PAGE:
November 27, 2020

Severe winds hammer Scotland

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LONDON (AP) — Severe winds slammed Scotland on Thursday (8), snarling transport and leaving thousands without power as gusts in some areas surpassed 100 miles per hour (160 kph).

Britain’s Met Office — which issued a “red alert” for parts of Scotland — said a wind speed of 151 mph was recorded on a summit in Aberdeenshire. On lower ground, 105 mph winds hit Tulloch Bridge in Inverness, it said.

The Association of Chief Police Officers in Scotland said a wide area of the country would be affected and that “people could be putting themselves at considerable risk” by travelling in such weather conditions.

The gale-force winds led authorities to close many schools and most major bridges.

Glasgow Airport said 37 flights were canceled, while Edinburgh Airport said 21 were canceled and three diverted.

The wind made operations “extremely challenging,” the Edinburgh Airport said on its web site. Meanwhile, train schedules also were disrupted.

Scottish Hydro said “thousands” of customers were without power, mostly in the west of Scotland. It said it expects the situation to “develop throughout the day” as the storm moves east.

The severe weather also hit parts of northern England, with Cumbria experiencing heavy rain and widespread locallised flooding.

Buckingham Palace said the weather had forced Sophie, the Countess of Wessex — wife of Prince Edward — to postpone two planned visits in northern England, while the Duke of Gloucester was forced to cancel engagements in Glasgow.

A Royal Air Force helicopter rescued two people from a car trapped in rising waters in Aysgarth, in Yorkshire, northern England.

The clear-up of devastation caused by hurricane-strength winds and violent storms in Scotland has begun in earnest, with the Scottish government warning that some people may be without electricity until the weekend.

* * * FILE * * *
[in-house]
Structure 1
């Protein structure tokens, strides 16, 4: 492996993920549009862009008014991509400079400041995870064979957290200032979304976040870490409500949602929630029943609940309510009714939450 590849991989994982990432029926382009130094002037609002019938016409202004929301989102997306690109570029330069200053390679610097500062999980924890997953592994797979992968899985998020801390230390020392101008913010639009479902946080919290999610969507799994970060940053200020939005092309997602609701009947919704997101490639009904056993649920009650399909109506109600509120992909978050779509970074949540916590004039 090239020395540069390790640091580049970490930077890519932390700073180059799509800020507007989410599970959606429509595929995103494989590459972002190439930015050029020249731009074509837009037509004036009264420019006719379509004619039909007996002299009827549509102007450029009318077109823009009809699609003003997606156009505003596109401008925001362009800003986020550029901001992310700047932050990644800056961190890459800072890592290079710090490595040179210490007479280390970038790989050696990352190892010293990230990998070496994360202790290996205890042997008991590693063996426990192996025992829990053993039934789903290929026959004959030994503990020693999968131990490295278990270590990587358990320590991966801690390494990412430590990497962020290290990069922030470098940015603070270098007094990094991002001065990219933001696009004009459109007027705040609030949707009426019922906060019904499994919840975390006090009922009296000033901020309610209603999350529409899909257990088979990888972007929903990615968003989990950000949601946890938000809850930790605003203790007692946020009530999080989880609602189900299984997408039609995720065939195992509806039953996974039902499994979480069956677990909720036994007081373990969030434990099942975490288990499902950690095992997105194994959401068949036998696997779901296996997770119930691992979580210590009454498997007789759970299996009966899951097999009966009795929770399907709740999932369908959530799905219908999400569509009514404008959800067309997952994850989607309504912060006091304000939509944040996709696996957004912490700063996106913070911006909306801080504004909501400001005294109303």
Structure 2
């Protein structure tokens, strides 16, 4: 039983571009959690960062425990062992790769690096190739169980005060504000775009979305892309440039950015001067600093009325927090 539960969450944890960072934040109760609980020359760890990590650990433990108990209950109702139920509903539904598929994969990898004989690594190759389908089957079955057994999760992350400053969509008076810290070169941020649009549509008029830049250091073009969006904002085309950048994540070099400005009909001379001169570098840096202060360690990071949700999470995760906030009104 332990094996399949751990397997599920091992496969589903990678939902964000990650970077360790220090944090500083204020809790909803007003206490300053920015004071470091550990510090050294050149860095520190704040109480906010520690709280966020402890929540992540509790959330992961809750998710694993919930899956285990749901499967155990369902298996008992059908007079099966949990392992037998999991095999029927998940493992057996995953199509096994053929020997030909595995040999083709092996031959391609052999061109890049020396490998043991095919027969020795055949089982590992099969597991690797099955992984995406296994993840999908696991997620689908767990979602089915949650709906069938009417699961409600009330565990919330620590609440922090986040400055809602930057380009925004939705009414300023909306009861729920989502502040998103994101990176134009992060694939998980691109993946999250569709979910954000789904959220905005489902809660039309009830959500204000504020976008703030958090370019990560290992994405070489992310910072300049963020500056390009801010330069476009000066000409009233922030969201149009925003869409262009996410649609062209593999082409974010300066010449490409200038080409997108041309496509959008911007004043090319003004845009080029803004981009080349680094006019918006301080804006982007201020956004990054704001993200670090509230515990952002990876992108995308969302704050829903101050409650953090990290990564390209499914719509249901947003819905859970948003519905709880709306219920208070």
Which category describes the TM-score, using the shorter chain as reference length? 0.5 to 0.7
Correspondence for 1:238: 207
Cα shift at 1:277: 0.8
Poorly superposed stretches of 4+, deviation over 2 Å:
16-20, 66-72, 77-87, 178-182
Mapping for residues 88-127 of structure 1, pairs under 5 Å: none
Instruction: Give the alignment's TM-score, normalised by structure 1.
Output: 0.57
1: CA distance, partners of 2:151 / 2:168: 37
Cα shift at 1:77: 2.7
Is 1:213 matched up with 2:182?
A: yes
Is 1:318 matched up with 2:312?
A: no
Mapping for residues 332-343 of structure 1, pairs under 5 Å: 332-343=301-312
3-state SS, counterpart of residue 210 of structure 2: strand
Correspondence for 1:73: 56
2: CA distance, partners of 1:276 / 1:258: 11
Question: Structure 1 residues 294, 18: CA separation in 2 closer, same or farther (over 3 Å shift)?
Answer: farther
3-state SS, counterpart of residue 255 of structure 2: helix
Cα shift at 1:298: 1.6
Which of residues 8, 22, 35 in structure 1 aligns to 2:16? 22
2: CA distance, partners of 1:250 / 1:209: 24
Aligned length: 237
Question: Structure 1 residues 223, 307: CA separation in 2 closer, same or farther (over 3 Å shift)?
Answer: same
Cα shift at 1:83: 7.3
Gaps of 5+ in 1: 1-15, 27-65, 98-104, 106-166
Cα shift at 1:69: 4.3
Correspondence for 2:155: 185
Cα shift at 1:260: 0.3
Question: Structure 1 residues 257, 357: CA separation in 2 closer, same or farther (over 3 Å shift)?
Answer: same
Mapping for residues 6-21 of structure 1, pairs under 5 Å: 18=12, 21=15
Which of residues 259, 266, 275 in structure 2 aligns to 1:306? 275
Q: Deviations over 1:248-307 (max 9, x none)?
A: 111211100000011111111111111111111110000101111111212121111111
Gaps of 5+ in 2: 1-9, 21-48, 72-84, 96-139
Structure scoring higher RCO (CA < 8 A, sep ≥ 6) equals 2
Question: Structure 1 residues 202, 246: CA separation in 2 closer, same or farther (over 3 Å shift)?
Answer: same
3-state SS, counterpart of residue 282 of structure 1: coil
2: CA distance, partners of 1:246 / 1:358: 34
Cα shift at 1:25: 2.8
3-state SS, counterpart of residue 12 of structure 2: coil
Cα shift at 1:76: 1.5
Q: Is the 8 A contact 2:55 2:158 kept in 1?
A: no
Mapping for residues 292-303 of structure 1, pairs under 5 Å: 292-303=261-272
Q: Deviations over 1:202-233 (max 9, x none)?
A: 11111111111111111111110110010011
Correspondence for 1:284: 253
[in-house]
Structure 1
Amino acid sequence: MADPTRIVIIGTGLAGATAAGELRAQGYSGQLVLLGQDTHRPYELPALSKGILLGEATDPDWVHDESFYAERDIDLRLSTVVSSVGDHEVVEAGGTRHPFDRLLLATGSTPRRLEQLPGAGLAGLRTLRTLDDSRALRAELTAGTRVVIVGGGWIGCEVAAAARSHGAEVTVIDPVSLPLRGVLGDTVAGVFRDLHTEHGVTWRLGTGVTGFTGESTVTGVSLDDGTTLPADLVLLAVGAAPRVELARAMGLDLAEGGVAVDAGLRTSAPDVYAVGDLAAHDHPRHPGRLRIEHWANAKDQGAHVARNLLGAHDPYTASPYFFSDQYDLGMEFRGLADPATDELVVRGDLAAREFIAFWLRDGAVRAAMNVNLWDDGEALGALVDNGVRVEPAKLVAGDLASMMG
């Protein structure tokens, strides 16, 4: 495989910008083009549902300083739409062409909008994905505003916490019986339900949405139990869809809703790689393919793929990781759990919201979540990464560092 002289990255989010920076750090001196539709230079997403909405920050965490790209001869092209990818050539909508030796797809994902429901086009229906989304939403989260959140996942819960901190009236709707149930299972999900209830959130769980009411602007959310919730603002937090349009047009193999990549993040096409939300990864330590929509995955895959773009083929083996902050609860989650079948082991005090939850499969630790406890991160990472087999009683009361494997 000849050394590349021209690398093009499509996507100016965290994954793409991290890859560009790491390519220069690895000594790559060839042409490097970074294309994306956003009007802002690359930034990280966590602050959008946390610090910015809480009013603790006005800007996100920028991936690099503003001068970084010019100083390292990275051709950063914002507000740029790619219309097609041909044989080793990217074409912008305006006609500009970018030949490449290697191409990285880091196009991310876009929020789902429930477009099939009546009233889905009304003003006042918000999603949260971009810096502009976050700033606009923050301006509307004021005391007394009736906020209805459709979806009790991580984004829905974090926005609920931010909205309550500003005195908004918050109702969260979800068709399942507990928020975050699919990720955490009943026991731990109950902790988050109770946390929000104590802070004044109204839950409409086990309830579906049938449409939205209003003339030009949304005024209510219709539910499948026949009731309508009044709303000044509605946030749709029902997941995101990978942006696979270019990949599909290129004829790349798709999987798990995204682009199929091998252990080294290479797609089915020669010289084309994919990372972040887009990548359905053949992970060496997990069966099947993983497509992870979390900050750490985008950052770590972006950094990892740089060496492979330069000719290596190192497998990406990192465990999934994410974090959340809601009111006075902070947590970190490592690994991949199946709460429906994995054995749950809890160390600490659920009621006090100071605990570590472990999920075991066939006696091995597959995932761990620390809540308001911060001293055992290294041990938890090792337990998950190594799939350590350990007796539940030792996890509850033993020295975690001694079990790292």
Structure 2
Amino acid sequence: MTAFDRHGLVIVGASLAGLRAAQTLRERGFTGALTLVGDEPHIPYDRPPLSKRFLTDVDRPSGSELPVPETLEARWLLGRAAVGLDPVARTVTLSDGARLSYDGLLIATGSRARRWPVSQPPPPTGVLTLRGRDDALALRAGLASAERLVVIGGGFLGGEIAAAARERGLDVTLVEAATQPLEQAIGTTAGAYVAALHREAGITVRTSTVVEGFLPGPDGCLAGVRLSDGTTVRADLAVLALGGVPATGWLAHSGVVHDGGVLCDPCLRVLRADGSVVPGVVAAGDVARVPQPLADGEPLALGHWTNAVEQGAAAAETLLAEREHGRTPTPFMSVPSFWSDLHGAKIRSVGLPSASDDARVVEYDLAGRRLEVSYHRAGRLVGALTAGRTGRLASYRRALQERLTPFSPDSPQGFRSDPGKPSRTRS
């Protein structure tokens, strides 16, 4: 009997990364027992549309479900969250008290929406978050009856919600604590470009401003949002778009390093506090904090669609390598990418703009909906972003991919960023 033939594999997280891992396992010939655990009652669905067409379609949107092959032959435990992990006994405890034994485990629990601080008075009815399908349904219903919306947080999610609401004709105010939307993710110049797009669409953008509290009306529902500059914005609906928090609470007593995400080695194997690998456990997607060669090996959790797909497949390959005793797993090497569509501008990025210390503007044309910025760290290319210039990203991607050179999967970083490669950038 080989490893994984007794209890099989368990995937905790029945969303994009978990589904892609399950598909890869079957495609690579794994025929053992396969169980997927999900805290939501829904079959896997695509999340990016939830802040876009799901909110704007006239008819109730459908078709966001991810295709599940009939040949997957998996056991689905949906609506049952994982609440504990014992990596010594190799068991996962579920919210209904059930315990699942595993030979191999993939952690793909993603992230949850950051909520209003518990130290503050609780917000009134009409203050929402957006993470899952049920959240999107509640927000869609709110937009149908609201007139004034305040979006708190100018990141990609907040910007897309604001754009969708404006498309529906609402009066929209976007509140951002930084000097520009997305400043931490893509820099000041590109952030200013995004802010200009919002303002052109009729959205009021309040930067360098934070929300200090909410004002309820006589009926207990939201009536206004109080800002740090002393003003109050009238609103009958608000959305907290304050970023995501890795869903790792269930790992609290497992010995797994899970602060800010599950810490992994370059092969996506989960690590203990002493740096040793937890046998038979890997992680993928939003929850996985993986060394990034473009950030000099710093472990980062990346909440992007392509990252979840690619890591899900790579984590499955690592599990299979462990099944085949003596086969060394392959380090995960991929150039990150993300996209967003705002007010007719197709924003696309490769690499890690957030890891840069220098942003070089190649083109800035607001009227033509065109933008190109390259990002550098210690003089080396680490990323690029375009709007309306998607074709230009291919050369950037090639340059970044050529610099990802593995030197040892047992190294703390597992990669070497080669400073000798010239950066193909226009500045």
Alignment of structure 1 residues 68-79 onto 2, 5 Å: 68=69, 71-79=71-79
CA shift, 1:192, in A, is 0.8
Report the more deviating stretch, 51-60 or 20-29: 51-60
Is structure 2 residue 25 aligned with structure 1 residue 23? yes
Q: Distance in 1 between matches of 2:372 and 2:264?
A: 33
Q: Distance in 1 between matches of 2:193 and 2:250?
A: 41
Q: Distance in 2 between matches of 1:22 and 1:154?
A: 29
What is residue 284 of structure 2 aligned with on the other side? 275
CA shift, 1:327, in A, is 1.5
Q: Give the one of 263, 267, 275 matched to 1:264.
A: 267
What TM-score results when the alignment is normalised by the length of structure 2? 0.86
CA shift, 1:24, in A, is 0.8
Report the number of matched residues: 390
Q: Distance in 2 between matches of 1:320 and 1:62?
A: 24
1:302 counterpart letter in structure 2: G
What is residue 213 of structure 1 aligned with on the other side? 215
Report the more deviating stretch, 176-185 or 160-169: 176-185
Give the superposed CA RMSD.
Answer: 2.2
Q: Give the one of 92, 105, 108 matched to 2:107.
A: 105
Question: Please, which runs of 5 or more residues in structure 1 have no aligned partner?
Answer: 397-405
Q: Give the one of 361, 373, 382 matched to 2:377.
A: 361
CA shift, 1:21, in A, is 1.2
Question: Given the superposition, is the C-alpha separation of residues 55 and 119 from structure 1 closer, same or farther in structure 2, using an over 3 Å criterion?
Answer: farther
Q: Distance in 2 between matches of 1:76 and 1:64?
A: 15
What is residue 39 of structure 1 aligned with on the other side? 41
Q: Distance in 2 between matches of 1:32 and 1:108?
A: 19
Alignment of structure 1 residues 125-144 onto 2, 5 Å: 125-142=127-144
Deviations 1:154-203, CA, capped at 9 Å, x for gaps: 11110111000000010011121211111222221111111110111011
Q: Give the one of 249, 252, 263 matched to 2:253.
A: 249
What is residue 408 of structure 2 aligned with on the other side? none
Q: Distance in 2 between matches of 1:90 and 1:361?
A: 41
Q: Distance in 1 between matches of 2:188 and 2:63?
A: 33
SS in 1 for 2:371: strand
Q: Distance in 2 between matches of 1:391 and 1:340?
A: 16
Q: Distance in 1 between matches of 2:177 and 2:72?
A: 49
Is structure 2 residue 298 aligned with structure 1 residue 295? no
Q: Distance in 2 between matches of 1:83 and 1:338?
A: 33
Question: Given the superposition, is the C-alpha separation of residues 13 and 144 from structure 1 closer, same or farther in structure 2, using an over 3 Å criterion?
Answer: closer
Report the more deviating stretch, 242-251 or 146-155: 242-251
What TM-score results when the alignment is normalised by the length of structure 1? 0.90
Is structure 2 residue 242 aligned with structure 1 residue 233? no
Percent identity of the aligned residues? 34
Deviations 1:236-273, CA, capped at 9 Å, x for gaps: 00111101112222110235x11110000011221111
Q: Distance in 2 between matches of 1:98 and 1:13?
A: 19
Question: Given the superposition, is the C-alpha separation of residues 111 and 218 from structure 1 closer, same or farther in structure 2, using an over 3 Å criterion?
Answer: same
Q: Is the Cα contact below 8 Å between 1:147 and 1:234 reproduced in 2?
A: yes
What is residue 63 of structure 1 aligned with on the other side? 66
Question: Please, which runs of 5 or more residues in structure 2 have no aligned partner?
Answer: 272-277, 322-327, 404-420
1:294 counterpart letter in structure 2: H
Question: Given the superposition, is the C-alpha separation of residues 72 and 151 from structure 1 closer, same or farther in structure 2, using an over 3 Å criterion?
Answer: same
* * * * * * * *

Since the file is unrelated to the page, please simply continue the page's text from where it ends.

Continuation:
Engineers were urgently trying on Friday to reconnect more than 70,000 homes which were without power, some travel services were still disrupted and councils were clearing debris from roads after the fiercest storms in a decade hit the country.

Most schools, businesses and council offices that had been forced to close early on Thursday afternoon reopened. Winds – which reached 165mph on Thursday – eased, with the worst weather confined to north-east Scotland and the Shetlands.

Glasgow and Edinburgh airports were open but warned of severe delays and cancellations, while Scotrail services were still delayed across Scotland with cancellations expected on routes from Inverness to Aberdeen, Gourock to Glasgow Central, and Oban and Fort William to Glasgow Queen Street.

Roads were beginning to be cleared, with police saying conditions had improved across the Western Isles and the Highlands. However, many roads were still blocked by fallen trees and surface water.

The strong winds forced the closure of every major bridge in Scotland including the Forth road bridge between Edinburgh and Fife, the Erskine bridge connecting Renfrewshire and Dunbartonshire, the Skye bridge and the Tay road bridge.

Orkney suffered widespread flooding and damage; all schools in Orkney, Caithness and on the north coast of Sutherland remained shut.

Fourteen schools closed in Aberdeenshire and some schools in Angus, Argyll and Bute, Shetland, Stirling and the Western Isles were also without power.

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